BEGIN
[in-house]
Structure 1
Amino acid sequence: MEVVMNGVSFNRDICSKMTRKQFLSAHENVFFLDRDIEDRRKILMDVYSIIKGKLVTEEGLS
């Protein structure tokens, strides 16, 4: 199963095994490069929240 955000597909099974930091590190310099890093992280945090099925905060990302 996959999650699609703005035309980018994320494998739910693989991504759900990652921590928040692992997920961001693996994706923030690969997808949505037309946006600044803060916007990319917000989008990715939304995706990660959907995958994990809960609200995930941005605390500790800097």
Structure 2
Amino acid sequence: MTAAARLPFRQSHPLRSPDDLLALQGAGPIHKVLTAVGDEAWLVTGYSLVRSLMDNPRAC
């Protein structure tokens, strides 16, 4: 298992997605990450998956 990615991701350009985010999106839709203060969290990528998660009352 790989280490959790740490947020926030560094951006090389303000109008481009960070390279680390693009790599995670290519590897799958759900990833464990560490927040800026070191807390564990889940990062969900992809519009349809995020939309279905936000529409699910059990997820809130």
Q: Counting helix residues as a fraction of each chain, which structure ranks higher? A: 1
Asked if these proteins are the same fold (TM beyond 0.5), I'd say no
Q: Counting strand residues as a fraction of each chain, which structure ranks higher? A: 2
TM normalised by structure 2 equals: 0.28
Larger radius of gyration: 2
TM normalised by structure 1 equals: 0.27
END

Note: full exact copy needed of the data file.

[in-house]
Structure 1
Amino acid sequence: MEVVMNGVSFNRDICSKMTRKQFLSAHENVFFLDRDIEDRRKILMDVYSIIKGKLVTEEGLS
């Protein structure tokens, strides 16, 4: 199963095994490069929240 955000597909099974930091590190310099890093992280945090099925905060990302 996959999650699609703005035309980018994320494998739910693989991504759900990652921590928040692992997920961001693996994706923030690969997808949505037309946006600044803060916007990319917000989008990715939304995706990660959907995958994990809960609200995930941005605390500790800097």
Structure 2
Amino acid sequence: MTAAARLPFRQSHPLRSPDDLLALQGAGPIHKVLTAVGDEAWLVTGYSLVRSLMDNPRAC
């Protein structure tokens, strides 16, 4: 298992997605990450998956 990615991701350009985010999106839709203060969290990528998660009352 790989280490959790740490947020926030560094951006090389303000109008481009960070390279680390693009790599995670290519590897799958759900990833464990560490927040800026070191807390564990889940990062969900992809519009349809995020939309279905936000529409699910059990997820809130």
Q: Counting helix residues as a fraction of each chain, which structure ranks higher? A: 1
Asked if these proteins are the same fold (TM beyond 0.5), I'd say no
Q: Counting strand residues as a fraction of each chain, which structure ranks higher? A: 2
TM normalised by structure 2 equals: 0.28
Larger radius of gyration: 2
TM normalised by structure 1 equals: 0.27